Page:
The Straitjackets
Fall 2008
page 14

by Lorena Perera-Smith

The love letters in my mother's jewelry drawer are not like any I've seen.   The first page starts pretty much in the standard vein... "My darling Anna..."   Stories of what my Dad had been doing, where he was and how much he missed her.   But the second page, stapled neatly onto the first was an exact copy of the first page but in Swedish.   It was a translation.

I grew up in a strange blending of worlds.  

We lived in Sri Lanka, in an old British Bungalow, the remains of a large English rubber estate in the central hills of Sri Lanka.   The rooms were huge; a large verandah ran along the east end.  

The stone fireplace in the living room was used only to keep pots of flowers.  

The bougainvilleas on the north part of the garden grew like a tangled crazy riot of flowers in the tropical heat and humidity.   They grew up over the house and tangled themselves in the plumeria trees on the other side.  

We grew up having squirrels and monkeys and wild parrots for pets.  

We sweltered through the droughts and lived humid and squelchy through the monsoons.  

Then in December, in the windows would suddenly appear those candlesticks.  

Four in a row.  

It was advent.   One candle lit each Sunday leading up to Christmas.  

And then a little later into December was Lucia.  

My adopted sisters and I dressed up in long white gowns, put tinsel in our hair and walked around, scaring the farm hands and thrilling the other children.   The songs we sang were Swedish "Natten gar tunga fjat.."   The cookies that our brown hands handed out were traditional Swedish Christmas cookies.  

We didn't even reflect upon the fact that it was a little bit odd that we were celebrating traditional Christian Swedish holidays in a very Buddhist Sri Lanka.

It was years before I started wondering about the strange love letters.   Why were they translated?   Who translated them?   What, exactly, was the story that had led to this culture clash in the jungle?

I got the chance to ask my mother one day when we were sitting by candlelight, trying to mend old socks.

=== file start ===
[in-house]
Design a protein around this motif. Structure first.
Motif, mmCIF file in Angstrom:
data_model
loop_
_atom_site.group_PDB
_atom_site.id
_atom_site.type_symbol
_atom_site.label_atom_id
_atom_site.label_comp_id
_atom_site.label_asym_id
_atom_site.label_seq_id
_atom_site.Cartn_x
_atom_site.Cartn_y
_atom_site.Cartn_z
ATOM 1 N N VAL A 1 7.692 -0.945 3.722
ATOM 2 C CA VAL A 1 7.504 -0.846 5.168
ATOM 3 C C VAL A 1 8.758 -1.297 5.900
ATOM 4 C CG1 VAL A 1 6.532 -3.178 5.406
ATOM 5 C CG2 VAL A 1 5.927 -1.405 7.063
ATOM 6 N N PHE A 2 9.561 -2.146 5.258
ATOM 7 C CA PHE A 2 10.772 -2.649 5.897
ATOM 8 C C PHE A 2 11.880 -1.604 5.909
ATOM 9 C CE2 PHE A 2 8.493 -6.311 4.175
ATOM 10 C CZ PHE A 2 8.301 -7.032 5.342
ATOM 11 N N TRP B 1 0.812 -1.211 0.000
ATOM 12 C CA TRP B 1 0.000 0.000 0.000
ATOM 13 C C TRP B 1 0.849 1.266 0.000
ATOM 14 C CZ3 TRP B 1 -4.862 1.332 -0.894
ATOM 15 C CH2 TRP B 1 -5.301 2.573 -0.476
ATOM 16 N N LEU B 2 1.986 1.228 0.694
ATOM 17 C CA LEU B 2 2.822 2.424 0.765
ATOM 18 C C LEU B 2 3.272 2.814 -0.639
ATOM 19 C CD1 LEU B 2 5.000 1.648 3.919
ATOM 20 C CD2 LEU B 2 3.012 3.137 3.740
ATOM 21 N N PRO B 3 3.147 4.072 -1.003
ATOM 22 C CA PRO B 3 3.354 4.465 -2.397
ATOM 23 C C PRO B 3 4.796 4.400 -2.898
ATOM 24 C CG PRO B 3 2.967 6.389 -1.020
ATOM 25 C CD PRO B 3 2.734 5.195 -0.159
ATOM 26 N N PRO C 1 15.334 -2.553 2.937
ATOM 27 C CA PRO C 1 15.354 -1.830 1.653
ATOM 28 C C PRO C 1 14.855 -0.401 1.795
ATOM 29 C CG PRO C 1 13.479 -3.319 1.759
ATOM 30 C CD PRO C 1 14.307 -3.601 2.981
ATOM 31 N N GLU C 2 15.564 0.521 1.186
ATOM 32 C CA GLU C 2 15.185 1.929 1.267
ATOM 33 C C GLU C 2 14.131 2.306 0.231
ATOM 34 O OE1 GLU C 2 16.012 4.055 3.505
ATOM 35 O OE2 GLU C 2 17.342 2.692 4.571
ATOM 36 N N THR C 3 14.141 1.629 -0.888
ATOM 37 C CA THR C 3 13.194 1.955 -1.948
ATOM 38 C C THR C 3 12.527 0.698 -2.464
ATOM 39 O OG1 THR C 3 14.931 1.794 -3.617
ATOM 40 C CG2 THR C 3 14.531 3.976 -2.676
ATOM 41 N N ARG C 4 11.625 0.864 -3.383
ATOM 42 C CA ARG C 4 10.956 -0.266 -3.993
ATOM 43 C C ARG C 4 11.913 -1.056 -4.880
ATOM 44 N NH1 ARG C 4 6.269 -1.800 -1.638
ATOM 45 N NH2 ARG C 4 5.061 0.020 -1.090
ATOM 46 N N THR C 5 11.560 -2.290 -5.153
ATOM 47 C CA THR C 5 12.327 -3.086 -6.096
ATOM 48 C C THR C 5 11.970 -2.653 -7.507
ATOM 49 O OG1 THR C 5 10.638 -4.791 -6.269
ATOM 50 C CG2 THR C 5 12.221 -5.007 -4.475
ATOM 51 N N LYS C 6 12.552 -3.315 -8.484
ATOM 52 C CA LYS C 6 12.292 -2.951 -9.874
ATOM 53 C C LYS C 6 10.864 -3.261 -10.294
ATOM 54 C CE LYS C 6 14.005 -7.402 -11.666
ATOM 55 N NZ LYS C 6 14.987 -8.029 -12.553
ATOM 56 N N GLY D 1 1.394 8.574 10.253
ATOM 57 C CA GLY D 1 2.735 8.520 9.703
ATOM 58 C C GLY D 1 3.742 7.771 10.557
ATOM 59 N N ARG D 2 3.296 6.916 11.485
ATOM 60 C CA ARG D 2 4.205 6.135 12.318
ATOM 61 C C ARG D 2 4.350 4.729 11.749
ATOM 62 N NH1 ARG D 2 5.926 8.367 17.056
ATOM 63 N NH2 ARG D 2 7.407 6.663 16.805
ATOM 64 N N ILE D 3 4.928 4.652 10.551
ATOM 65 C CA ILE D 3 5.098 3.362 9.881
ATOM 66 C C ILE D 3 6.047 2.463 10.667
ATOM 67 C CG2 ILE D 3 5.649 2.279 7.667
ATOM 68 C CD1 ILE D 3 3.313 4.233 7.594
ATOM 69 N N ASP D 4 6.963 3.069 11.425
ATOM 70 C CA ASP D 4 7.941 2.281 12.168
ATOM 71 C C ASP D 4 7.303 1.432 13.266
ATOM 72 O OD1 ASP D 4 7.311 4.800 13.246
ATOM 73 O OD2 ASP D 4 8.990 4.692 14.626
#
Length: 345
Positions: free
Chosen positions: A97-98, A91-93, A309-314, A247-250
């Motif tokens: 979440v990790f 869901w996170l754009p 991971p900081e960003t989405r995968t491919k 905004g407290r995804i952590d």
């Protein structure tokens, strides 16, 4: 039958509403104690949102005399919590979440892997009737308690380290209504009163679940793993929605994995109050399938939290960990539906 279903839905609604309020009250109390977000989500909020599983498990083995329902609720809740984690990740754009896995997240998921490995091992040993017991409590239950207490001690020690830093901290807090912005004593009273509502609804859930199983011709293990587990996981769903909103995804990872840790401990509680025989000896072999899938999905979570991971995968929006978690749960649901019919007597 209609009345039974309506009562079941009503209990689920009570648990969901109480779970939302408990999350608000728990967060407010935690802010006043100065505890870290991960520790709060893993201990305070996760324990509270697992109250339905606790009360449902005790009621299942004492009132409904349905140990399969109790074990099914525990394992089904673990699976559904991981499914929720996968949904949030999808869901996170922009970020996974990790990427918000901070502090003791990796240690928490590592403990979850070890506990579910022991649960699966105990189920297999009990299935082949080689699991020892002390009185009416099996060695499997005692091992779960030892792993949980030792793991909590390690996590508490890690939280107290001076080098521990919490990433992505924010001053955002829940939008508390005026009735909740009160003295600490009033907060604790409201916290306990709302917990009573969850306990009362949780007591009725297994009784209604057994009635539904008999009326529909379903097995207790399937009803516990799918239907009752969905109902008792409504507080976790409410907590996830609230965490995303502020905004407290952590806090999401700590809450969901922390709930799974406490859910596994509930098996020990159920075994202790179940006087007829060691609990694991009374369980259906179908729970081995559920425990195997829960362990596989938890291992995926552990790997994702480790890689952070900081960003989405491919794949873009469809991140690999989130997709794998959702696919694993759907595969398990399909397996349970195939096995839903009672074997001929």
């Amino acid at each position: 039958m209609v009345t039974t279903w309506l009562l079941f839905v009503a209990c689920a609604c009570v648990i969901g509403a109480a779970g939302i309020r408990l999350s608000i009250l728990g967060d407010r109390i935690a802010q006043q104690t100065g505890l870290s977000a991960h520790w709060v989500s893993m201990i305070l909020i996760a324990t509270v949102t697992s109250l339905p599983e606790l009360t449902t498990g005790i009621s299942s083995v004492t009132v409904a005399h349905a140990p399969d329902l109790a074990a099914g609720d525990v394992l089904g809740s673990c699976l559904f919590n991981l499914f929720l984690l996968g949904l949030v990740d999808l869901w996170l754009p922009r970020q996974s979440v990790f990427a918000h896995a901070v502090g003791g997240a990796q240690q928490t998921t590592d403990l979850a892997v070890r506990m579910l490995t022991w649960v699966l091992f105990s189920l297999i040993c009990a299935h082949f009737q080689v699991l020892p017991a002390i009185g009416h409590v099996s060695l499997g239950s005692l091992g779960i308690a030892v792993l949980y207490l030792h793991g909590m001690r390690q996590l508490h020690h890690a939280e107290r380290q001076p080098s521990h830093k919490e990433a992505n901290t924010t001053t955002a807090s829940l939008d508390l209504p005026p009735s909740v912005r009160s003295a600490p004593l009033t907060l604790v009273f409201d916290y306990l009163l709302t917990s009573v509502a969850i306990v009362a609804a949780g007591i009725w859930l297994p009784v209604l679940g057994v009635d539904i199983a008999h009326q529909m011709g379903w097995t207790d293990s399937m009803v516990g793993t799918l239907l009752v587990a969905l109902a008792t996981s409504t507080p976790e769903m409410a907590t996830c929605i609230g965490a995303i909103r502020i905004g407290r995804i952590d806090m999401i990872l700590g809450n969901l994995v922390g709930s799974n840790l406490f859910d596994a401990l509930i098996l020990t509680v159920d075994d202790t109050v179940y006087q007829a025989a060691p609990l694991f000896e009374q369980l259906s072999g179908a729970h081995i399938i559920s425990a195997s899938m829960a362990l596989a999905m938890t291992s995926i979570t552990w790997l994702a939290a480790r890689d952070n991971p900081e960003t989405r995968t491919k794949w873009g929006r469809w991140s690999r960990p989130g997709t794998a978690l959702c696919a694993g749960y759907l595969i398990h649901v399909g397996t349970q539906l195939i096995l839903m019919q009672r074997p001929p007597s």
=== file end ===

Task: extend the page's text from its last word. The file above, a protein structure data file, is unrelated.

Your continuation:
The electricity had gone out in a thunderstorm.  

It happened often.  


"Why are your letters in the drawer translated?"   I asked.   She smiled.   "Well, when your Dad and I fell in love we couldn't speak each others language you see.   So I wrote to a friend called Lizzie in Swedish, she translated into English and sent it on.   And your Dad did the same but the other way around."

  I was tongue tied.

How do you fall in love with someone that you can't talk to?  

I have heard the story several times since then.   How Dad was travelling the world and decided to go to Church while he was in Sweden.   How she was singing in the choir and their eyes met.   How they both knew that this was the one.

  The moment when their eyes said what their voices couldn't.

The young man from Sri Lanka and the fisherman's daughter from Sweden.  

They wrote to each other for seven long years, pausing somewhere in-between for my mom to go to England and learn English.  

They only met two or three times before my mom moved to Sri Lanka   in 1966, carrying 300 dollars and her wedding dress to live with the man whose language she couldn't speak in a country where she knew no one.

In their wedding picture my mother is radiant.  

Her eyes shine.

Her hand is very white in his brown one but the plain gold bands they wear are identical.

Jacob and Anna, June 13, 1969.

My mother is dead now.  

She lived for 39 years with my father in the jungles of Sri Lanka.   She bore his children and supported his dreams.   He held her hand and suffered the same anguish as she did when she was sick and in pain.

They were one soul in two bodies.  

When my brother had to tell my dad that my mom had left him forever I had to turn away because the naked pain on his face was more than I could bear.   I could see the tears roll down his face and when he touched her cold cheek even the doctor who had probably witnessed a million men and women say their final goodbyes wiped his eyes.

I have one of those love letters in my Bible.

  It sits at the beginning of what most people think is the most beautiful love song ever written, the Song of Solomon.

I think my parents translated love letters are more beautiful.

Lorena Perera-Smith was born and raised in Sri Lanka where her Swedish mother and Sinhalese father run an orphanage and various social empowerment programs. She has been published in several magazines and e-zines like Redbook Magazine, Rambler Magazine, Ascent, Sketching Stone, Humdinger, TheSmoking Poet, Door Knobs and Body Paint, Mom Writers Literary Magazine as well as ocal and regional newspapers. Her short stories appeared in four anthologies. She writes mostly on life and family, issues surrounding parenting, special needs kids, poverty, social involvement and women’s issues in developing countries.

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